- Master the Art of the Comp Title: This can be tricky. It’s not required, but can be helpful to think of a couple of books (no more than 3) to reference in your query that your book may remind the agent of so we can kind of mentally place it in the market. However, using overly ambitious comparisons, for example saying that your book is the next GONE GIRL or HARRY POTTER can be a turnoff. Those books, while amazing, become kind of meaningless comparisons after a while. Comp titles are also a great way to spark interest, especially when in interesting combinations. Also keep it current – a good rule of thumb (though some people will argue this) is that at least one of your comp titles should be no older than 5 years or so. Yep, that means you have to be reading current work in your genre (which has so many more benefits than justcomp titles). Also, don’t be afraid to branch outside the book world if you already have a couple of books you’ve compared to. TV/Movies can be interesting comps as well!
- Let Your Work Speak for Itself: I often see authors use space in their email to talk about how much people they know loved the book or how they envision their book as a NY Times Bestseller or blockbuster movie/TV show. While confidence is great, you want to let your work speak for itself while querying.
- The Details Matter: Looking up the name of the person who you are sending your query to (and spelling it right) is just a matter of respect, in my opinion. Reading “Dear Agent” or “Dear Sir/Madam” in a query letter is an indication to me that the author didn’t do their research. Similarly, if there are a lot of typos or weird formatting issues, I can’t help but wonder if the author looked this submission over before they pressed send. Of course, we understand that little mistakes do occur and we certainly don’t set out to nitpick every detail of your letter! But those sorts of details do often catch our eyes. Remember that your query is the equivalent of making a first impression, so you don’t want little mistakes to drag you down if they can be avoided. As YA author Maureen Johnson once advised, make your query letter the best thing you’ve ever written. I would advise having several people read your query over for mistakes. To make sure the formatting and everything looks good, send to yourself or a friend first!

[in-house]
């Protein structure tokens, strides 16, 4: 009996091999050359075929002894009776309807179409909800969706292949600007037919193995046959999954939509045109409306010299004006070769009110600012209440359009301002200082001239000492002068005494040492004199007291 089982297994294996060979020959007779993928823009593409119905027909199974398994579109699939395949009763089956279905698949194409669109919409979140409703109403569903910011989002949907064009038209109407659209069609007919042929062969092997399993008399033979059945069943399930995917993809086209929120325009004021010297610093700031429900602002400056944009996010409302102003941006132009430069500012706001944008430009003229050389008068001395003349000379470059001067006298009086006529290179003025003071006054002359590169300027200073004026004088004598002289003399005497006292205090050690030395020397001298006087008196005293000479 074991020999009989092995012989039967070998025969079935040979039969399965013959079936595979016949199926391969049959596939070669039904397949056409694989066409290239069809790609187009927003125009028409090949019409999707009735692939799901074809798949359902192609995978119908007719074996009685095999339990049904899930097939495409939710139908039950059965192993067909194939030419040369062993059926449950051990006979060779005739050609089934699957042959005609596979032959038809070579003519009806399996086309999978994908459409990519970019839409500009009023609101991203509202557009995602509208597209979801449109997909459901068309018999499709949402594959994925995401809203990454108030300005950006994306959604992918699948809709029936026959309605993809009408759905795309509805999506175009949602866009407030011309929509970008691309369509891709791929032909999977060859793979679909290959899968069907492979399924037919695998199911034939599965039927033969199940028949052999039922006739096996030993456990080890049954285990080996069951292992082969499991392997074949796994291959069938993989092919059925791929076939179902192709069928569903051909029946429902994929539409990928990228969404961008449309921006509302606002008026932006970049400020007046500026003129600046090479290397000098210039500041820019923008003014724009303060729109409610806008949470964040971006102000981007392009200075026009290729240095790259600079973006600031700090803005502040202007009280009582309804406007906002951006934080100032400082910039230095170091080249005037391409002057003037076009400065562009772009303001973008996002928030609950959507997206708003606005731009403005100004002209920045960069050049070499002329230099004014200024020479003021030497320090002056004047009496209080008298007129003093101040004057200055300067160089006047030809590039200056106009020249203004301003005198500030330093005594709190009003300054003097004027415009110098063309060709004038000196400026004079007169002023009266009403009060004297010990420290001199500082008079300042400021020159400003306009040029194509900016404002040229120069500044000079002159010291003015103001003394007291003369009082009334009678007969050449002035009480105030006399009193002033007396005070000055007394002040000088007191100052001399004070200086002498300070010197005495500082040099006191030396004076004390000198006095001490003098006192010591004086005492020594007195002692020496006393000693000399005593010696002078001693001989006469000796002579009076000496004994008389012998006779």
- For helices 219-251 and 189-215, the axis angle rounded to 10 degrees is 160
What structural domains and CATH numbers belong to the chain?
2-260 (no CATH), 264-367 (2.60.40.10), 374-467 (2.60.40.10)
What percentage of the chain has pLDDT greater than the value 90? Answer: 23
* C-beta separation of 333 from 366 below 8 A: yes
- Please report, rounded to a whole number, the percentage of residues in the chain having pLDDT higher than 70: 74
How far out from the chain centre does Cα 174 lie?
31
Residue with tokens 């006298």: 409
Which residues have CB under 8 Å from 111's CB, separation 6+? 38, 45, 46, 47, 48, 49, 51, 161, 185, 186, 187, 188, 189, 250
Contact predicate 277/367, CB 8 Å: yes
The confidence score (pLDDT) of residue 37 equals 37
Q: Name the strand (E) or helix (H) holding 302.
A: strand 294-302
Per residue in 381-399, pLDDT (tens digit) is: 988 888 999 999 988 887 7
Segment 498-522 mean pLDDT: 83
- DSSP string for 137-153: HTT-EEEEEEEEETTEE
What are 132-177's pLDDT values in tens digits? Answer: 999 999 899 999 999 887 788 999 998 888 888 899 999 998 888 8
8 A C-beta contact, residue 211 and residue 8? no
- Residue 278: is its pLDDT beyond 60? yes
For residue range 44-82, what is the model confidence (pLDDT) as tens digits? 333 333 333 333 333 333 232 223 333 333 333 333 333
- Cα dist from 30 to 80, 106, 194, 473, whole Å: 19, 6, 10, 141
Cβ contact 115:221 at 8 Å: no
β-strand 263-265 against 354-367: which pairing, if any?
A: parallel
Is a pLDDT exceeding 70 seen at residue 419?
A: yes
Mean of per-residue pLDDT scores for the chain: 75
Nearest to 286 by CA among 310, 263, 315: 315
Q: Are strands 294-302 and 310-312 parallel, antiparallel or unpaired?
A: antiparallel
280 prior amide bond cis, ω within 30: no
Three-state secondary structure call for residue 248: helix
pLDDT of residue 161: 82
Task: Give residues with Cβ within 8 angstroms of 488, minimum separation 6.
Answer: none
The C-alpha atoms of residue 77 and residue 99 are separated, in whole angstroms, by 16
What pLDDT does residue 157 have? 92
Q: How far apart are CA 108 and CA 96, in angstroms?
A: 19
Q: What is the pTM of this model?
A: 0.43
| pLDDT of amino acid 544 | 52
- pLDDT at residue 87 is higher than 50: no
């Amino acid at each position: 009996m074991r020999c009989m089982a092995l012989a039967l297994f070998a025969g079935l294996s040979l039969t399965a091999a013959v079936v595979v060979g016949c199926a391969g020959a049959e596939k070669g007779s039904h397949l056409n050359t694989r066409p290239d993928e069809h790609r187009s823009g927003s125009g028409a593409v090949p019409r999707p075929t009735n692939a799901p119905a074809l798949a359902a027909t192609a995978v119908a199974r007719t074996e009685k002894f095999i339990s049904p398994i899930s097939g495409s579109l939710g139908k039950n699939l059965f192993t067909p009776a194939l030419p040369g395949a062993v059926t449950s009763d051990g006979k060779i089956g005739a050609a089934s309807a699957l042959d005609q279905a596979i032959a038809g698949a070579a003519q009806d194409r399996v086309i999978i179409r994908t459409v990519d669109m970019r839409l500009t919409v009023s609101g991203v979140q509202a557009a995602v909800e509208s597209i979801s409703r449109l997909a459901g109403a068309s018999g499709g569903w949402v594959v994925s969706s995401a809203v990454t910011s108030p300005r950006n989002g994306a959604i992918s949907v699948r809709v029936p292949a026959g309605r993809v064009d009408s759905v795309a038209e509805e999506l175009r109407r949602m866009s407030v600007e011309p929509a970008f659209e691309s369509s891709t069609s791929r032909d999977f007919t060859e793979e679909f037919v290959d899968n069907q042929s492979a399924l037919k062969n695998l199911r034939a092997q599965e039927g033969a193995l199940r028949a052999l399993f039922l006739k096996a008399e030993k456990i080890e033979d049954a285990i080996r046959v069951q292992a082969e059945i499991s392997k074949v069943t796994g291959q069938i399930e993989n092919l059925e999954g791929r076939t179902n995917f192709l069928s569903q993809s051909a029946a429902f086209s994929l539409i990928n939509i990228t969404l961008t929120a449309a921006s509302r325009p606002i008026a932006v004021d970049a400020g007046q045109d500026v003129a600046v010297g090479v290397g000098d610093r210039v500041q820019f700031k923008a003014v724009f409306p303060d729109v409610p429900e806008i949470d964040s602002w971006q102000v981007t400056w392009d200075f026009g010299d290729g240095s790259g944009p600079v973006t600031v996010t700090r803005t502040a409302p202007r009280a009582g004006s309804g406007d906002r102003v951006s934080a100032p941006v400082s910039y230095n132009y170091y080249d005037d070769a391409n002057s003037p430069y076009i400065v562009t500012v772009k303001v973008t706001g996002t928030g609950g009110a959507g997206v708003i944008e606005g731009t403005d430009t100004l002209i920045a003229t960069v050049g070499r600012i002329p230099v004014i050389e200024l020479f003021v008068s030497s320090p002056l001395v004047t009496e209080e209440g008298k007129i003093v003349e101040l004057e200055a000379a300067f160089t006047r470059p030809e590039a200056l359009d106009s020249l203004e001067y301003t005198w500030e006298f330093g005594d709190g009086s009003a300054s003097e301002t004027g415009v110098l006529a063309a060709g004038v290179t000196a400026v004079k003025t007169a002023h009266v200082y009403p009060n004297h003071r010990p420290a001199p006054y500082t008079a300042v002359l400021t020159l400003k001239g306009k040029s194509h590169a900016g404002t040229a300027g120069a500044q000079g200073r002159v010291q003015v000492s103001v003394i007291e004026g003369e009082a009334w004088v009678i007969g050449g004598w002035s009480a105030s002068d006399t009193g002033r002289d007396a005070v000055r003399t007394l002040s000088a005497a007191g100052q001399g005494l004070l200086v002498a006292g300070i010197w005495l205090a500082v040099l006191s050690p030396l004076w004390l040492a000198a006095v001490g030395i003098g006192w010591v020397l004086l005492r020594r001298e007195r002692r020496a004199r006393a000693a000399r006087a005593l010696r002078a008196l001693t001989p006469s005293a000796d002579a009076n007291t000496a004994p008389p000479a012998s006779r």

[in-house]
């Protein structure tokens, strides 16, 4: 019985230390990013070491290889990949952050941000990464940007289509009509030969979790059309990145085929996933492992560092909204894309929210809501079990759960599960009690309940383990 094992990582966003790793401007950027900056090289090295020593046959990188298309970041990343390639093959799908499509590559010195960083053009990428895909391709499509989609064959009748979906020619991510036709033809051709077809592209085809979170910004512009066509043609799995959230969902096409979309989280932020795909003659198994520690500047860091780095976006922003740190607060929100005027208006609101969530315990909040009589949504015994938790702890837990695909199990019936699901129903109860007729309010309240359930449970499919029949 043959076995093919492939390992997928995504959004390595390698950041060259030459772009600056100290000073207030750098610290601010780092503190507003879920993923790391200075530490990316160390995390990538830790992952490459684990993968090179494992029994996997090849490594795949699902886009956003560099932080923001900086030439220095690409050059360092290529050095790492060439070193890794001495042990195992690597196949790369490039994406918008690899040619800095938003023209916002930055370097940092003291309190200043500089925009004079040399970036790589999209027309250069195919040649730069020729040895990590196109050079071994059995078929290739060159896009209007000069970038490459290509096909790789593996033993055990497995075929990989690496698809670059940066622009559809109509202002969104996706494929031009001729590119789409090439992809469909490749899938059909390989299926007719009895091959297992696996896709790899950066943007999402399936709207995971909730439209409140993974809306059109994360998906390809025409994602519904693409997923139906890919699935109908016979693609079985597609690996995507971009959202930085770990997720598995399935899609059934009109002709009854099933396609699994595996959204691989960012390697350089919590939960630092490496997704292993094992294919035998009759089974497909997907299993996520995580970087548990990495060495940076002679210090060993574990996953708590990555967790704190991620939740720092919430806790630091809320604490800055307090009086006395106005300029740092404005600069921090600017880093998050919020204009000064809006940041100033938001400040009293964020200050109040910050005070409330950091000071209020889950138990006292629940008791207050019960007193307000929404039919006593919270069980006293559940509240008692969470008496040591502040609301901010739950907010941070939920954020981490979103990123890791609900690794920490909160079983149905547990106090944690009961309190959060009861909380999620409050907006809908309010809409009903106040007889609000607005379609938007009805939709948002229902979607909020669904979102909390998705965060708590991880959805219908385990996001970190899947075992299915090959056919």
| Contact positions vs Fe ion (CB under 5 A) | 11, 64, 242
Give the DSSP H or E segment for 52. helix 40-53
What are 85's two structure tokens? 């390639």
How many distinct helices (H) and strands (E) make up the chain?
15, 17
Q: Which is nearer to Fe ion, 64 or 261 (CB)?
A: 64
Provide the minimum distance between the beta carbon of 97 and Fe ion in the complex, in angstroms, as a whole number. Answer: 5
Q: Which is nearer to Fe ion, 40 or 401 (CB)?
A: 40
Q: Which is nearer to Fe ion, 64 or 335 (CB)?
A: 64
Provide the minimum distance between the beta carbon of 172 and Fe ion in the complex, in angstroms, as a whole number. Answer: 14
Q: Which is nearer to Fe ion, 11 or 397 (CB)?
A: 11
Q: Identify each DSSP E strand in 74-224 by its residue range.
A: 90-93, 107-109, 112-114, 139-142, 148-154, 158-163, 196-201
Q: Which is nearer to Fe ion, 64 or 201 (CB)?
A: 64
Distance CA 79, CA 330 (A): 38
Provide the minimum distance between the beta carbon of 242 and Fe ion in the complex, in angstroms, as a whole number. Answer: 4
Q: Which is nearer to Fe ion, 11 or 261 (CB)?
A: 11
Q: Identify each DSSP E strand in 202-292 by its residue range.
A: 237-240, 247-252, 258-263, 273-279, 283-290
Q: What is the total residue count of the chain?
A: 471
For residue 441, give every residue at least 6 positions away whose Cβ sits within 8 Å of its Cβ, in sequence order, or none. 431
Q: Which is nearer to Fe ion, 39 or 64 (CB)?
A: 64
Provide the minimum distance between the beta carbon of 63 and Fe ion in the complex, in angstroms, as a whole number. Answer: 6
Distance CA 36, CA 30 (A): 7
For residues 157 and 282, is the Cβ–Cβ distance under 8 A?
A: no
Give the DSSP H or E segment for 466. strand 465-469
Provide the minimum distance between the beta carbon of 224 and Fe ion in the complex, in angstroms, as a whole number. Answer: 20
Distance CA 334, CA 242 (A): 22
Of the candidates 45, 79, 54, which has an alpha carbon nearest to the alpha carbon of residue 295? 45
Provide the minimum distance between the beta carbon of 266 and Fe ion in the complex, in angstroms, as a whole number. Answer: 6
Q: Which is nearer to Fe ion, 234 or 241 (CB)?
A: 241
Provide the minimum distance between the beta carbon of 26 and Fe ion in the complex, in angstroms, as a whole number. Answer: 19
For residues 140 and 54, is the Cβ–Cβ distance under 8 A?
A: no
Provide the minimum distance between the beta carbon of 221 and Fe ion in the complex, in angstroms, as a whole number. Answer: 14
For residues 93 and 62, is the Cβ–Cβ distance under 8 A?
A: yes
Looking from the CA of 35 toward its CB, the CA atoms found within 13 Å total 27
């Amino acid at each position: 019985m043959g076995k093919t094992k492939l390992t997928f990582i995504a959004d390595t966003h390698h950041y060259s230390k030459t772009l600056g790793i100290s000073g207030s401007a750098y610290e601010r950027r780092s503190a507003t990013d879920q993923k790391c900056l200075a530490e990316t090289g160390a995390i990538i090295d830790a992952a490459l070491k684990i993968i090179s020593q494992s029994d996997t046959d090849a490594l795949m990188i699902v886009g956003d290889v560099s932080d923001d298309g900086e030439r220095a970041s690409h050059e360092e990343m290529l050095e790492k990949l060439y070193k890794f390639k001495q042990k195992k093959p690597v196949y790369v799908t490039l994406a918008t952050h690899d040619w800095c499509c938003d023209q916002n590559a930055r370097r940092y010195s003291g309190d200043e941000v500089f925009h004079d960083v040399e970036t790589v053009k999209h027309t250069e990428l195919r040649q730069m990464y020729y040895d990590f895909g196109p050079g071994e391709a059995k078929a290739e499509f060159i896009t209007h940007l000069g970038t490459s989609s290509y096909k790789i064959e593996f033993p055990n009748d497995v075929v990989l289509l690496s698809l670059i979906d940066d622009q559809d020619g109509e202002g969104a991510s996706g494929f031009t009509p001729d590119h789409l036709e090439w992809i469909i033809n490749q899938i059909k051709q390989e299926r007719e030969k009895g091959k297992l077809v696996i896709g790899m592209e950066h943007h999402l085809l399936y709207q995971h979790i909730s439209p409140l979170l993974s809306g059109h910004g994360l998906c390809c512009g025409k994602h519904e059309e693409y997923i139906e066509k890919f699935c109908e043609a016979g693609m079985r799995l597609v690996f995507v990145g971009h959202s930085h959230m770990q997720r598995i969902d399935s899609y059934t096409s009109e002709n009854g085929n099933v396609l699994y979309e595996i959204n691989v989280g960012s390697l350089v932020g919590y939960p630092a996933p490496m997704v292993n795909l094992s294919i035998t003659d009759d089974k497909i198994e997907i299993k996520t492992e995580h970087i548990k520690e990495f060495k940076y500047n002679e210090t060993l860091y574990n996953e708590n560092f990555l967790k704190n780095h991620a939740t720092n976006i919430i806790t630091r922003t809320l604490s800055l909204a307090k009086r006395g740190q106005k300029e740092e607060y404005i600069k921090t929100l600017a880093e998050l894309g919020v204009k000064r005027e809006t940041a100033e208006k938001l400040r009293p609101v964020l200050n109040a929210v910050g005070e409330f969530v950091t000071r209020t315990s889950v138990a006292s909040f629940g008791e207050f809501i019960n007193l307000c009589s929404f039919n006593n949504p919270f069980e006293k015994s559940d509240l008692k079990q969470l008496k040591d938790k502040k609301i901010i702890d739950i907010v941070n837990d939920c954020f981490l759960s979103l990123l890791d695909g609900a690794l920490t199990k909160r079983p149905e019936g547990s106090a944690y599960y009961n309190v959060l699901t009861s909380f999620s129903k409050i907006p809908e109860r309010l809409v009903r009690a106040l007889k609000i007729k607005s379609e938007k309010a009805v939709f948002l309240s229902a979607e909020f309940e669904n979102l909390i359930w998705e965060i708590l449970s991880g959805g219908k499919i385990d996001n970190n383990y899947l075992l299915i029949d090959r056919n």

After all these do’s and don’ts, I just want to end with the reminder that agents (and their assistants who help them read) aren’t looking for reasons to reject your submission, and we definitely don’t relish it. Querying can be intimidating, and the agents I work with and I definitely respect the guts it takes to put your work out there! When the whole process seems tough, just remember that the agent on the other end probably wants to love your project just as much as you want them to. 🙂
Hopefully you found these tips helpful! Looking forward to seeing some wonderful queries in my inbox at firstname.lastname@example.org.